Date literal bigotry

In VB6, if I declared a variable as a Date, I could then assign a literal to it such as :

Dim dt as Date
dt = #30 Jun 2004#

The IDE would change that to #6/30/2004#.  This was always a bit of an annoyance, and you could tell it was American based, not European or Australian.  In fact I always have that issue with American dates, when the numbers could be interpreted either way, eg 4/8/2004. Is that August or April?  Depends on where you are 😉

VB generally is really good with Dates at runtime, as it is local aware.  At design time though, it’s just plain bigotry.  Vb.NET is actually worse than VB6, as VB.NET does not even parse the literal. That is, it doesn’t recognize #30 Jun 2004#.

I really wish they would fix this and allow for date literals to be less ambiguous, and allow not only the entering in of dates as #30 Jun 2004#, but also allow for that format to be preserved and applied to all date literals.  Why? Well because it is non ambiguous!

3 Comments so far

  1.   Greg Low on July 8th, 2004          

    Hi Bill,

    <resisting urge to make big date processing whinge>

    While they’re at it, they need to take a long hard look at functions like IsDate(). Either 27/12/04 is a date or 12/27/04 is a date. They’re not both dates. I came across someone the other day who’d loaded 60 million rows into a database table, thought they were in US format, they were in Oz format. DTS (which uses the VBA functions) just loaded the lot without a whinge. Bit of a pity that 2/3 of them had the month and day reversed though. Bigger pity that it was only noticed 3 days into production when people started saying "that’s not when that happened". Try to fix it then after days of real production…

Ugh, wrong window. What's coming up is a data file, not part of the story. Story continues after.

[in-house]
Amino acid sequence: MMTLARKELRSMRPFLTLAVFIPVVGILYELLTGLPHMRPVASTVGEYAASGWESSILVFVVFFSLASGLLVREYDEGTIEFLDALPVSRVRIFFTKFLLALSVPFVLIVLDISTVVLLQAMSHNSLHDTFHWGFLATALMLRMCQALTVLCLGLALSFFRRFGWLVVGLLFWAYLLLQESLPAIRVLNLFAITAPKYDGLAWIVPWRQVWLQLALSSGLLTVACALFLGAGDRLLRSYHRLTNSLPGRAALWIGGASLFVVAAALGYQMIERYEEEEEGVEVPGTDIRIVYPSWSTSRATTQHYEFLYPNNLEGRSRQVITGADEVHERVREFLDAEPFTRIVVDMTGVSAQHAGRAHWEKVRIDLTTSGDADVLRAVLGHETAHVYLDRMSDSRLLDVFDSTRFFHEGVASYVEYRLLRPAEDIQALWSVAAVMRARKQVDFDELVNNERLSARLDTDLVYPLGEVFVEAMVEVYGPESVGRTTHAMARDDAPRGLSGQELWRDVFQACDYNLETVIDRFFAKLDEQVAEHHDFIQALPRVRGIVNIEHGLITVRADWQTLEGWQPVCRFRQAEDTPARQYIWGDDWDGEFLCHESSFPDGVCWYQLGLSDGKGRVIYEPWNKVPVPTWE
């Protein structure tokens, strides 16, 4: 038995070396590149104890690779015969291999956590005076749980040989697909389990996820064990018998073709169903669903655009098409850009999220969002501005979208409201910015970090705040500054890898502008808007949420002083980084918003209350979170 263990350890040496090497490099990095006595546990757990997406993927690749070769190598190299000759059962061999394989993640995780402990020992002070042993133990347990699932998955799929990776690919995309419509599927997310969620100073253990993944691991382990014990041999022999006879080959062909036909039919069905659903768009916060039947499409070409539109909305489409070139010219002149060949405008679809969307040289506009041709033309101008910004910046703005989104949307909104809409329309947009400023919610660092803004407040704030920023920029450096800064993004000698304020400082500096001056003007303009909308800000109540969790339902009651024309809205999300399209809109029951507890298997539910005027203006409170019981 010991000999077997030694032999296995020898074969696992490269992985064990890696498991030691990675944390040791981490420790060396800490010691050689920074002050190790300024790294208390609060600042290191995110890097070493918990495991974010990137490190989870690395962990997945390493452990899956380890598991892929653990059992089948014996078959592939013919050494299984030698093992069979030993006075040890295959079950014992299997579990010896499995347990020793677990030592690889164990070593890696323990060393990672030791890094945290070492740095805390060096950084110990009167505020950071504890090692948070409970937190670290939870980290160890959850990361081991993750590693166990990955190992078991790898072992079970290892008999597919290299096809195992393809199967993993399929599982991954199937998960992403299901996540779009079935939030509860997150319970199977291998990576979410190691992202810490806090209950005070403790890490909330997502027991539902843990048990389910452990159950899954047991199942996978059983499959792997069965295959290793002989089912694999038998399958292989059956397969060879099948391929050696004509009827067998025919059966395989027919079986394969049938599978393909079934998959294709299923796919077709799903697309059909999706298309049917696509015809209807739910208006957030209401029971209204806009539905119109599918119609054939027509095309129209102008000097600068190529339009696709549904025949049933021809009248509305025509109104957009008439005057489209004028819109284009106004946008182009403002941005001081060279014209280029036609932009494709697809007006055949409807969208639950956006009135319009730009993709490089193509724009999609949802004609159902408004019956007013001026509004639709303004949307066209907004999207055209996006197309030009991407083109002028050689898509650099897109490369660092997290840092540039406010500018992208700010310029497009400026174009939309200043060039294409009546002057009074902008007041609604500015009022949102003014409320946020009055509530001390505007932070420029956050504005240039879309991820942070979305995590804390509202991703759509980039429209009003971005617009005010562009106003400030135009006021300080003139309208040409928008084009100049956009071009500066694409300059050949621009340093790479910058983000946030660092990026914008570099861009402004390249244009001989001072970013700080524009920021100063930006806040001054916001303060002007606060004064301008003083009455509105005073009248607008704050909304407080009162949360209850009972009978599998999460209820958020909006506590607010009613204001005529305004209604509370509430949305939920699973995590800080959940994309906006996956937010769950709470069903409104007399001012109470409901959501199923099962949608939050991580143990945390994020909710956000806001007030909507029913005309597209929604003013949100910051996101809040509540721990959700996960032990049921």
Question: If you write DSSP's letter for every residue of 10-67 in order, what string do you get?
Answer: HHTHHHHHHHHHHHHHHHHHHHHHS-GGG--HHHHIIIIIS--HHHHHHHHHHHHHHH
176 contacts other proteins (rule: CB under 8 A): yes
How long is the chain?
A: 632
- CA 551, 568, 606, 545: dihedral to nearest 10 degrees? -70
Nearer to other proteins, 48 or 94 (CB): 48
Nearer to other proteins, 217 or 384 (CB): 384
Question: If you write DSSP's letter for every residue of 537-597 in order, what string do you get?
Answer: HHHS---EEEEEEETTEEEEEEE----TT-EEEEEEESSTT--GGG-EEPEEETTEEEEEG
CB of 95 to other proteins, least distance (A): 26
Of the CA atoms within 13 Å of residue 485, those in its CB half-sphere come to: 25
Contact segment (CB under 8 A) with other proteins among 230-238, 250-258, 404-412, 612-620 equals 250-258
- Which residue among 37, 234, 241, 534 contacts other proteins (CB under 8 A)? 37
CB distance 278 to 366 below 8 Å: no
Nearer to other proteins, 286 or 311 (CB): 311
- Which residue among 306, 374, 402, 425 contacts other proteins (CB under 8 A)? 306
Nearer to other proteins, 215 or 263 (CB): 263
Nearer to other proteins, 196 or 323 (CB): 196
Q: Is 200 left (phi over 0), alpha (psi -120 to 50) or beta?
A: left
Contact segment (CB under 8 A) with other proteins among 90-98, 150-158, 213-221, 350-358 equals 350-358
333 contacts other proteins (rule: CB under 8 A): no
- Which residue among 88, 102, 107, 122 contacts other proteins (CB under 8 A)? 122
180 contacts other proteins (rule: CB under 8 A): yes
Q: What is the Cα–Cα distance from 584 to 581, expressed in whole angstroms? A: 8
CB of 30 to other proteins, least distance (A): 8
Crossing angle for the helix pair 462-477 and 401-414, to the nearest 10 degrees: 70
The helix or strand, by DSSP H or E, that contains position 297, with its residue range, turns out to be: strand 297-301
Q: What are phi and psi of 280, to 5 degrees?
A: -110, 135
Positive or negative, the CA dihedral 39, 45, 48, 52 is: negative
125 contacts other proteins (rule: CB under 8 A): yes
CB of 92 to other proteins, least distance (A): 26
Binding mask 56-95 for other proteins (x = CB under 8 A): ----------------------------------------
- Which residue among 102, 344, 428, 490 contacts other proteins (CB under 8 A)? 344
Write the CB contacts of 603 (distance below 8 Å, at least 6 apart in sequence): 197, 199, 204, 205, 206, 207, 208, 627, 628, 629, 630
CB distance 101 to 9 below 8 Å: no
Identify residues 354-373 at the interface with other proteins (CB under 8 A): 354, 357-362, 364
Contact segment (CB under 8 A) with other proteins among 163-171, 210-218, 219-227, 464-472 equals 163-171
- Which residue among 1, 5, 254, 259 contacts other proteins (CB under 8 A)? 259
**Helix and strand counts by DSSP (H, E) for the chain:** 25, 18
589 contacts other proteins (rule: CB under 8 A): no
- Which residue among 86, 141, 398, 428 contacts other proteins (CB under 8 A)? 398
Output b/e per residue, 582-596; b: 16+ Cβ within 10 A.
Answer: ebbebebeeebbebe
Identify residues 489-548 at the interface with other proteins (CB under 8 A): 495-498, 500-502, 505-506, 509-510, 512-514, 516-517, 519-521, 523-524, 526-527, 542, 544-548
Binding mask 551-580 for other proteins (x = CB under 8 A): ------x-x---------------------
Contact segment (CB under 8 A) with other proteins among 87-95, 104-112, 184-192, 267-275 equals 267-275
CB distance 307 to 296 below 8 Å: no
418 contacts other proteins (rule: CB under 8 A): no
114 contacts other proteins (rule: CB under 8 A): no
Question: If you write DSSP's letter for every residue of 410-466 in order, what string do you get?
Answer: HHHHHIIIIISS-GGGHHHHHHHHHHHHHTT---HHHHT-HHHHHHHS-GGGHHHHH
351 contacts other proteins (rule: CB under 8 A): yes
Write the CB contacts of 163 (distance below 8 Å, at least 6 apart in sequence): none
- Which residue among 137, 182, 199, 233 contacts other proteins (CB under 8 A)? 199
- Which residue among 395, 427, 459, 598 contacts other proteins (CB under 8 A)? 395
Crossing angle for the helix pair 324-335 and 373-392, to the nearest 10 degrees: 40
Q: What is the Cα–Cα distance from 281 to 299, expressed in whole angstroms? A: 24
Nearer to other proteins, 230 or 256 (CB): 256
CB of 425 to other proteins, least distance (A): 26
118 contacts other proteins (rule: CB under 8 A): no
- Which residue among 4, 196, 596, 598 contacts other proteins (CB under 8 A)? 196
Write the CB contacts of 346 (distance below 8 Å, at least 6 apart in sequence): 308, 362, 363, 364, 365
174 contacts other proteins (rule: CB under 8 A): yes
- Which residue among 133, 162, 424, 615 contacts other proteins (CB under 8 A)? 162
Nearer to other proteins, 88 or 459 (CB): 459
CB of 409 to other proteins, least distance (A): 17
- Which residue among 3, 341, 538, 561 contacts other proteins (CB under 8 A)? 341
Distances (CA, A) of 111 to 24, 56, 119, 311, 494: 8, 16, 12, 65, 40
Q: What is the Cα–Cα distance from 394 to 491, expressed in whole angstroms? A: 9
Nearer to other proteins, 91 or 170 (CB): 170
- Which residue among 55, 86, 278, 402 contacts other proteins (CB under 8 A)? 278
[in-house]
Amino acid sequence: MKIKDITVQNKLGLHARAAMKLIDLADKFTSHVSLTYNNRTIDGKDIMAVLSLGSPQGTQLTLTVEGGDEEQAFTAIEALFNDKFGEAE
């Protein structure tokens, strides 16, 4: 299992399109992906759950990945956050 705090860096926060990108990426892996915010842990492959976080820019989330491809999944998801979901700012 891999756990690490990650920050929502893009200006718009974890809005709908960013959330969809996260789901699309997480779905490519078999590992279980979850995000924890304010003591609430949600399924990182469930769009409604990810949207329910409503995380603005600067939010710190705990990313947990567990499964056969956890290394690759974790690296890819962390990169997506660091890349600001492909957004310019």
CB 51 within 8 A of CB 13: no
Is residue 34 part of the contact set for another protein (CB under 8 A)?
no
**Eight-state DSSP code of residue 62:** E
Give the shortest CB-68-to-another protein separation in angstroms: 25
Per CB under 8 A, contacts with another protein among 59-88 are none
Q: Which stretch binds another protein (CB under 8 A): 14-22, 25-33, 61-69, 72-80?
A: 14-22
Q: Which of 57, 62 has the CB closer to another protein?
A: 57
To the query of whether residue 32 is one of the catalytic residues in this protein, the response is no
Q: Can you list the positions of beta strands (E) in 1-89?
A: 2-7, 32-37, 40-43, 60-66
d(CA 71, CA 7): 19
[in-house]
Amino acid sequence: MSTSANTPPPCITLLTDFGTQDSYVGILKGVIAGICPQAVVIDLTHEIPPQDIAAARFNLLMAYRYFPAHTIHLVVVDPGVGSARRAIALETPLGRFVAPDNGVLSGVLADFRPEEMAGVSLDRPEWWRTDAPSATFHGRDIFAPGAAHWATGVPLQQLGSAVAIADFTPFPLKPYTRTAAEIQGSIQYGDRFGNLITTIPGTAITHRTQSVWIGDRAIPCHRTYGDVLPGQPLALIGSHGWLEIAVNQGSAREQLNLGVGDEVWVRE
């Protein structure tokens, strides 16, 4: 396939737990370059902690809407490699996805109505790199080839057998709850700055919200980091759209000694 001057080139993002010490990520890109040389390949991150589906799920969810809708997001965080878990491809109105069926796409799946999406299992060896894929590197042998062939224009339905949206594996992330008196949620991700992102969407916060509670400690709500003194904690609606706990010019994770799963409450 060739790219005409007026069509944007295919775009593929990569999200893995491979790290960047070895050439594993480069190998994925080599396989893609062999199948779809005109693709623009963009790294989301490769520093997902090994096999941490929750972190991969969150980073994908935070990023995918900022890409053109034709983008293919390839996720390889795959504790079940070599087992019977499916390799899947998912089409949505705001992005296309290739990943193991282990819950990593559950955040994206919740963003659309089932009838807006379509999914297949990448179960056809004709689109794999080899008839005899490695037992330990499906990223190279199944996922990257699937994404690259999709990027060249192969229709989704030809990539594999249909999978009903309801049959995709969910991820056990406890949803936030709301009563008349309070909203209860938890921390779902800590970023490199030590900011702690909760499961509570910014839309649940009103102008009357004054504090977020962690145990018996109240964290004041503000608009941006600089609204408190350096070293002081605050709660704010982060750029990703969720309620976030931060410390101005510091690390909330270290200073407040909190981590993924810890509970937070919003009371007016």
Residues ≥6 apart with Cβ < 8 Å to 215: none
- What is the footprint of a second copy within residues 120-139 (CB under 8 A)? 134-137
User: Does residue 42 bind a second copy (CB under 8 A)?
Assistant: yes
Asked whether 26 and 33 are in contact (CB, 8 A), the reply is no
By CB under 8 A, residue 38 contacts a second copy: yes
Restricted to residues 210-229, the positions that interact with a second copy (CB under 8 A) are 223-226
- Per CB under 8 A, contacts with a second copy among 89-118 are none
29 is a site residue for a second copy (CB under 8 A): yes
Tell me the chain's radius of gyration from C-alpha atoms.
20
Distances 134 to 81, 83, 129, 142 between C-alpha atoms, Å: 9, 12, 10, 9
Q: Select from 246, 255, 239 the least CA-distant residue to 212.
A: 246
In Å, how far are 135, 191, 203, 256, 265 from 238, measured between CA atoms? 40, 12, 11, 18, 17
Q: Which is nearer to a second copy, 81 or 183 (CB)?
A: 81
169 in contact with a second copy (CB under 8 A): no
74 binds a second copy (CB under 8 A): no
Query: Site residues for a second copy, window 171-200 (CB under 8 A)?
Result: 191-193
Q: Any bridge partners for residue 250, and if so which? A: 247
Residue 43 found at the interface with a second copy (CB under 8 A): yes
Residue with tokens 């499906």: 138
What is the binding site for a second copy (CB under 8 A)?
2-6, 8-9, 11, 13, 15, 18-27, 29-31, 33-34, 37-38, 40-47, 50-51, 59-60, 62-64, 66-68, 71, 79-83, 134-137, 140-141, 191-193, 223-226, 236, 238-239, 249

Compare that to an error at row 3 of the load. I’ll take the latter every time.

    </resisting urge to make big date processing whinge>



  2.   Bill on July 8th, 2004          

    Hey Greg,

    Yeh, IsDate does have some wierd behaviour. It is localized, but it also assumes that if a date has the form of x/y/z then if:

    (x > 12 AndAlso y <= 12) OrElse (y > 12 AndAlso x <=12)

    then it’s potentially a date.

    That is, if you enter in 12/30/2004 it will be interpreted as 30 Dec, 2004 where ever you are. CDate does the same.

    The good news is in Whidbey, the DateTime Structure has a TryParse method, so I would recommend using that 😉 Tat will also let you control which culture is used.

  3.   Hank Fay on July 9th, 2004          

    Maybe something like VFP has: {^yyyymmdd} translates to the currently specified date format in the application.